If this topic interests you, please read the two Judy Russell articles and the entire message thread.  There are a lot of thoughtful comments, and also a disagreement between some of the commenters.

The URL for this post is:

Copyright (c) 2013, Randall J. Seaver


Jacqi Stevens said...

Randy, I am not a professional genealogist--nor do I play one on TV ;)

However, I can understand why such a topic generates so much frustrated discussion.

If a person has come from an academic background (and, after all, isn't that where the whole concept of "research" comes from?!) or has been trained in that discipline, that writer understands the liberties given in pursuing making one's point:

+ The writer makes an assertion (hypothesis, thesis, or whatever you want to call it), then writes a defense of that position.

+ In the body of that defense is usually found several supporting statements, often taken from the academic works of others, usually authorities.

+ When specific wordings from those older works are used in limited segments by the new writer, they are quoted and attributed to the originator of the statement.

That's what footnotes are for. They give readers a chance to go back to the source document and check it out to see for themselves if what the subsequent writer has said is correct.

Those footnotes also help notify other new researchers of the specifics of older works. End result: more people are now informed about that original study and may even purchase the original book or report, if it is available for sale.

That process is considered an academic license ("fair use") that so many of us in our culture have taken for granted. It is a liberty we have mutually consented to take--even though the original work was copyrighted material. It, in effect, points the way back to that original, groundbreaking study or observation.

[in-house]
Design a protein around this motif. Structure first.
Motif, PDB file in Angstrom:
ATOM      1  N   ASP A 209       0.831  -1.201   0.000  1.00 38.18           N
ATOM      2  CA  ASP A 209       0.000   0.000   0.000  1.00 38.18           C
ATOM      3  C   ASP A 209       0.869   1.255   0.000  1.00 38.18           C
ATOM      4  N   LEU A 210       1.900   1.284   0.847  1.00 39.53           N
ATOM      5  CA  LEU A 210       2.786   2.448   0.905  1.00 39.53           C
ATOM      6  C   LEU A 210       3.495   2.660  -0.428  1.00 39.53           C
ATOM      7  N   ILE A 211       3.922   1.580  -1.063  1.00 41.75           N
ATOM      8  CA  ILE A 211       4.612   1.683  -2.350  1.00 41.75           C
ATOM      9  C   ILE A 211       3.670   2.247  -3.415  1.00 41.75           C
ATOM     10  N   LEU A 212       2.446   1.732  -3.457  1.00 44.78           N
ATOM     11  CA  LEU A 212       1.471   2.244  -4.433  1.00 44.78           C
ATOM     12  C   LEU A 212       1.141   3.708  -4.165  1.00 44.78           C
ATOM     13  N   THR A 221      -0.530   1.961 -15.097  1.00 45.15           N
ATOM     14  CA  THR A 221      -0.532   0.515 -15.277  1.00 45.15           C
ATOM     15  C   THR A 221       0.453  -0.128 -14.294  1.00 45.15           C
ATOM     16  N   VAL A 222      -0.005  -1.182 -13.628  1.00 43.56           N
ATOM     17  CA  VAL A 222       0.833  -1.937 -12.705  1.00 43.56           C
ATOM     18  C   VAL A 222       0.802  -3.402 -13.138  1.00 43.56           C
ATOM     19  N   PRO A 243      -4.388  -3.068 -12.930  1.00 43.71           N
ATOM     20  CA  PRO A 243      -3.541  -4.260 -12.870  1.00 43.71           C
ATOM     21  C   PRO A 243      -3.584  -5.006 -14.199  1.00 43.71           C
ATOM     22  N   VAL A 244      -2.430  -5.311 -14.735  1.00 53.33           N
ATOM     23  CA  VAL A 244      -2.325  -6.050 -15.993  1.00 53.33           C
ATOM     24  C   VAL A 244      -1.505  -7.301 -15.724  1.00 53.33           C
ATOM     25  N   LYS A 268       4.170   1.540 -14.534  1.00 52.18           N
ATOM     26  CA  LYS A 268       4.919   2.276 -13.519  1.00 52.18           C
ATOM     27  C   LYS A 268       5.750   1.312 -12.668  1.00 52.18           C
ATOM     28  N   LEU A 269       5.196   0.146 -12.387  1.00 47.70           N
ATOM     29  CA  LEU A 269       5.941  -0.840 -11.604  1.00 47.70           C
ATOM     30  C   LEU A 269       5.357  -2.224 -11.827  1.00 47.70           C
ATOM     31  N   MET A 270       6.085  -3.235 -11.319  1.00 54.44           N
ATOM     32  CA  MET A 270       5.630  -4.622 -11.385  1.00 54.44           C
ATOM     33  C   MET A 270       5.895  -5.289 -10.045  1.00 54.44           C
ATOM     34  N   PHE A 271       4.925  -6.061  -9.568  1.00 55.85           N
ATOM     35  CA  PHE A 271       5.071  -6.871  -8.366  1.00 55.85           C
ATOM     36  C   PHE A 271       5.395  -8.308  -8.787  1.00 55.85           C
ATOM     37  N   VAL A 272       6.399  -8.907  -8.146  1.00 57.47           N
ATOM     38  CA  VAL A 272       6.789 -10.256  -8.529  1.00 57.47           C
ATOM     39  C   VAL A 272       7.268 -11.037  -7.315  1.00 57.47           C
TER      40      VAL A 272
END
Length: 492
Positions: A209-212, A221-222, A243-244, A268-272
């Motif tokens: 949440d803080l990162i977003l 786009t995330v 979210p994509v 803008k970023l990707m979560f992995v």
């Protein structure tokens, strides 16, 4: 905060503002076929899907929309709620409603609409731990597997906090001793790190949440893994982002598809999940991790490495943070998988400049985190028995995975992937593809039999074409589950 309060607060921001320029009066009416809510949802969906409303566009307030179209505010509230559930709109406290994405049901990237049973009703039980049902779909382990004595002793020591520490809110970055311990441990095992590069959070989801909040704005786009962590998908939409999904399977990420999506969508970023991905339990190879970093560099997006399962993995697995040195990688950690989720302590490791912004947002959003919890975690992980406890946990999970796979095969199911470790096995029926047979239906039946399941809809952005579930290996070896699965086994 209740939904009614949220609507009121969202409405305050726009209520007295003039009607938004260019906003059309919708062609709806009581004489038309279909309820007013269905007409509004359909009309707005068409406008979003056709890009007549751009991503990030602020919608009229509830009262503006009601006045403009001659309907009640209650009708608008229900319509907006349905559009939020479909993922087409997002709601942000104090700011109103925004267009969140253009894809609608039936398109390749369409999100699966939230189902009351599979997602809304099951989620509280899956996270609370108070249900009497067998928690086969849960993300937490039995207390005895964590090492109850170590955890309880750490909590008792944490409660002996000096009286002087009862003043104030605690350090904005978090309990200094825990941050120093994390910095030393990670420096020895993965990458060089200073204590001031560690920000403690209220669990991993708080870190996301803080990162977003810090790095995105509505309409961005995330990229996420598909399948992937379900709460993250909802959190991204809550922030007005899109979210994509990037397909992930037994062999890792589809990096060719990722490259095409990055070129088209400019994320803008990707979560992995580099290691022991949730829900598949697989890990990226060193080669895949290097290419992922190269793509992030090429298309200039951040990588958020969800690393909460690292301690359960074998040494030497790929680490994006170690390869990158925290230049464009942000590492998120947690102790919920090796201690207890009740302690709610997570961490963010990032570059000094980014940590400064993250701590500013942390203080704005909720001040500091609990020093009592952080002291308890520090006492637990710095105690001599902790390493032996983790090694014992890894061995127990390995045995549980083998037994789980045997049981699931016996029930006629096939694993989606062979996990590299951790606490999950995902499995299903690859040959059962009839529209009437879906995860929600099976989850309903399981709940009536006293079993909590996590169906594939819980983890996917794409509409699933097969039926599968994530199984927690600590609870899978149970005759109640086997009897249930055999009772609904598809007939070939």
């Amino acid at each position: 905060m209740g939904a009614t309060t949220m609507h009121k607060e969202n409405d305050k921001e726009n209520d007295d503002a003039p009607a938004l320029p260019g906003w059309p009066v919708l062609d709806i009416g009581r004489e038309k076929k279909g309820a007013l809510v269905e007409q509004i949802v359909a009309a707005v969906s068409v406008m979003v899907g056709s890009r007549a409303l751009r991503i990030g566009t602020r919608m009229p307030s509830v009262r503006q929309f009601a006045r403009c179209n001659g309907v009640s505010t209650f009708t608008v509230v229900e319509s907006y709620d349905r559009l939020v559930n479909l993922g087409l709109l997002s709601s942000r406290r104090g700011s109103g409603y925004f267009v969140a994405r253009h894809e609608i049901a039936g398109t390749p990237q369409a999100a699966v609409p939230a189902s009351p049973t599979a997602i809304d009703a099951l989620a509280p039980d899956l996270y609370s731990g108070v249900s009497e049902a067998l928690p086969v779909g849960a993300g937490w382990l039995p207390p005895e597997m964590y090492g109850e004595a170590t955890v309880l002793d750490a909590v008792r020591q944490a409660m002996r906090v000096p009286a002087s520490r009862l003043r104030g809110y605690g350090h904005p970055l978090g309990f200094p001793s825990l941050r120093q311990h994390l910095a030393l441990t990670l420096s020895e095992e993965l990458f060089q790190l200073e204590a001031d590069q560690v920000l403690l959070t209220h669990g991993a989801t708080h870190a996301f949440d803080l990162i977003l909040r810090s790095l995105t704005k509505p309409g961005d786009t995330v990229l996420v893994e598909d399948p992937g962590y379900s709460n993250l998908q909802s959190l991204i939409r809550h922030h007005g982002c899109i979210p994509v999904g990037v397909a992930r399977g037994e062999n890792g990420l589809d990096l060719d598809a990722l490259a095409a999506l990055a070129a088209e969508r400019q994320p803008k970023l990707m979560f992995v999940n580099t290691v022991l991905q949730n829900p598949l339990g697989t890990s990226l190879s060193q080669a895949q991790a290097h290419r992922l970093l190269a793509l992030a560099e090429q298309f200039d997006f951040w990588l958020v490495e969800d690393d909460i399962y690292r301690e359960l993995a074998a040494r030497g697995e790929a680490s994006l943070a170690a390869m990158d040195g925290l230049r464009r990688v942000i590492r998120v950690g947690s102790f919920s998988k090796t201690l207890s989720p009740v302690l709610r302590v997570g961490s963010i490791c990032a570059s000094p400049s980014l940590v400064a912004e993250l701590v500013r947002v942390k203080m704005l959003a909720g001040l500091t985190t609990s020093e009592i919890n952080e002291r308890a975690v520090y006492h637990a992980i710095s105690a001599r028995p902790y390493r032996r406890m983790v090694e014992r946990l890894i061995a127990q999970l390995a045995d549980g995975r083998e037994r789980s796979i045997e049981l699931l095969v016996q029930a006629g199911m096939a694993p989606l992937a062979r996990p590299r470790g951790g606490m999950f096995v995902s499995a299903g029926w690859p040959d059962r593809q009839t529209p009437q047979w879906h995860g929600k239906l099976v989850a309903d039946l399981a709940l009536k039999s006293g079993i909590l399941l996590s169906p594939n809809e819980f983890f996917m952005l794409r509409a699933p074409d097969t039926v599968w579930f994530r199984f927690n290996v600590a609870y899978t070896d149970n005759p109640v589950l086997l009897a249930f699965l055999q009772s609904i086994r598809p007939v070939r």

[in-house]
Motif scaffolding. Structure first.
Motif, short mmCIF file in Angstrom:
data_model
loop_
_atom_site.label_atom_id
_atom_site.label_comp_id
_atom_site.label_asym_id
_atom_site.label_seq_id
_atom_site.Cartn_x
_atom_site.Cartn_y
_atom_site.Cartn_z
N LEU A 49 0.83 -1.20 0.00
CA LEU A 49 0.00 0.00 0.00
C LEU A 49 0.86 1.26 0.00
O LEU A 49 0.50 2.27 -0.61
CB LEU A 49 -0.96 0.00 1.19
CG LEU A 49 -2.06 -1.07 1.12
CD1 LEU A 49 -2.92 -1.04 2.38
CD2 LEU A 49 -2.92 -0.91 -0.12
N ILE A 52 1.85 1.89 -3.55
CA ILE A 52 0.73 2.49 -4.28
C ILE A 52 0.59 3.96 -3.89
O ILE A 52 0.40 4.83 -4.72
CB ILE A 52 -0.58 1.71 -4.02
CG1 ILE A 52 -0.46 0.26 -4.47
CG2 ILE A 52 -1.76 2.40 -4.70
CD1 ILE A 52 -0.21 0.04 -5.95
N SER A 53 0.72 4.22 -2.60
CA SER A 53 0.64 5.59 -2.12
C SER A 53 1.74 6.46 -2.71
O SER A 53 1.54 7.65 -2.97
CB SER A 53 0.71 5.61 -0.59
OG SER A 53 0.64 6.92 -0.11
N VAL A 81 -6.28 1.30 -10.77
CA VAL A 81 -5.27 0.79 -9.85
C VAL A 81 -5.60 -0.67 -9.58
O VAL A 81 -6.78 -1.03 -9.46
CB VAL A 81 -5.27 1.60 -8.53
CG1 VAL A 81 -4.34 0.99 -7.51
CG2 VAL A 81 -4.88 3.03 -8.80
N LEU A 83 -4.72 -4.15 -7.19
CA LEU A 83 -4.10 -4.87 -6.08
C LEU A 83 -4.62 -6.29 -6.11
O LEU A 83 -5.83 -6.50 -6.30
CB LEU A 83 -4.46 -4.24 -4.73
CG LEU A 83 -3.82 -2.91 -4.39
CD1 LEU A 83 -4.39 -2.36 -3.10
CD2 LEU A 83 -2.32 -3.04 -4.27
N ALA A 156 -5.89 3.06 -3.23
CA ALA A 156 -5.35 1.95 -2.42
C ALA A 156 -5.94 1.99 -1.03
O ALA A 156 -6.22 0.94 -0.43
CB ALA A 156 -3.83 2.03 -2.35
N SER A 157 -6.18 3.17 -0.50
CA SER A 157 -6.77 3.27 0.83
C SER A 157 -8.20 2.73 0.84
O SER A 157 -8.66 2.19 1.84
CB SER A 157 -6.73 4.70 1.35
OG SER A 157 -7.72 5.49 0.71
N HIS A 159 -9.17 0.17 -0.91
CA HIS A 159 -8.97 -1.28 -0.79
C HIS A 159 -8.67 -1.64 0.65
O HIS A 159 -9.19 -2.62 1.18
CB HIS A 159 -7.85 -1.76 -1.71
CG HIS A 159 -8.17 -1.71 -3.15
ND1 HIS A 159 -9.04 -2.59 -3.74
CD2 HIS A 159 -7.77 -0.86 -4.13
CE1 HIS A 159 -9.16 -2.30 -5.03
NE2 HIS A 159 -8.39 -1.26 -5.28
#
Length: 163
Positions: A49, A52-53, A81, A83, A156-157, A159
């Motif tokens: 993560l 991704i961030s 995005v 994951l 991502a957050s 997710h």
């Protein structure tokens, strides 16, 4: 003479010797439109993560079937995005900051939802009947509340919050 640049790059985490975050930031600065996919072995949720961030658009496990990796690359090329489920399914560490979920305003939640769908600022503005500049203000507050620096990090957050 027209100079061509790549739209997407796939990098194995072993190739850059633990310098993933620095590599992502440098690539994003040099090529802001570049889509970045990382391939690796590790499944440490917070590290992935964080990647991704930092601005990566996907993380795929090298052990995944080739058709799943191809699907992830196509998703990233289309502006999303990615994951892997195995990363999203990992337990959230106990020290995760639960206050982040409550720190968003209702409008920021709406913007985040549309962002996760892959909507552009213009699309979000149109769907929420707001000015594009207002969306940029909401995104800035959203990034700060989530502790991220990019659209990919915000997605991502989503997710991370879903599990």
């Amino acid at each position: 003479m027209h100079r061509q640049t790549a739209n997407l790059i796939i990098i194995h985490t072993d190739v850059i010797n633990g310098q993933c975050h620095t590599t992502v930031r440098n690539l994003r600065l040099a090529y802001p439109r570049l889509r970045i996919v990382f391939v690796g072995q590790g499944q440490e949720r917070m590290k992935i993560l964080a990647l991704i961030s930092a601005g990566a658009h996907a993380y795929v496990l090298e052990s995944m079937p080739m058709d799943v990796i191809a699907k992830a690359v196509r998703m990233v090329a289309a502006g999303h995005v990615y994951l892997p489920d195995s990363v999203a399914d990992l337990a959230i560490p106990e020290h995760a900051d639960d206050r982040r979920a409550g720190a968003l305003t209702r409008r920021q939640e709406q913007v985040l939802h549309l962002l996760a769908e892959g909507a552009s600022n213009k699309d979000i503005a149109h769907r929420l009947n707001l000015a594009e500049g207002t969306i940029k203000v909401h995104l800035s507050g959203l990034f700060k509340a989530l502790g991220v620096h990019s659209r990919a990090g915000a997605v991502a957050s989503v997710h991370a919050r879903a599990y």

Not so for those of us researching genealogy, if we wish to share a quote from a historic newspaper--if we just so happen to have found that newspaper column via one of the subscription services everyone is discussing.

The problem here is that it puts a bottleneck on the flow of information, which eventually creates a backflow for which roadblock the typical person will seek a work-around. Unfortunately, these very companies themselves seem only to provide untenable resolutions for this dilemma.

Granted, the individual user is not one who has the resources to fight monolithic "powers that be" in the name of fair use. But from all the signs of resentment sparked by bringing up such a topic, it's evident that we still live very much in a culture that still considers it a right to quote with proper attribution--no matter what story the online providers assert grants them otherwise.

Judy G. Russell, CG, CGL said...

Just one note of clarification because of the blog title. These are not COPYRIGHT issues. They are CONTRACT issues. Terms of use arise in the context of a contract between the website and its user. Copyright is law adopted by the Congress. The two may have similar constraints -- but contract law may impose much more stringent restrictions than copyright law requires.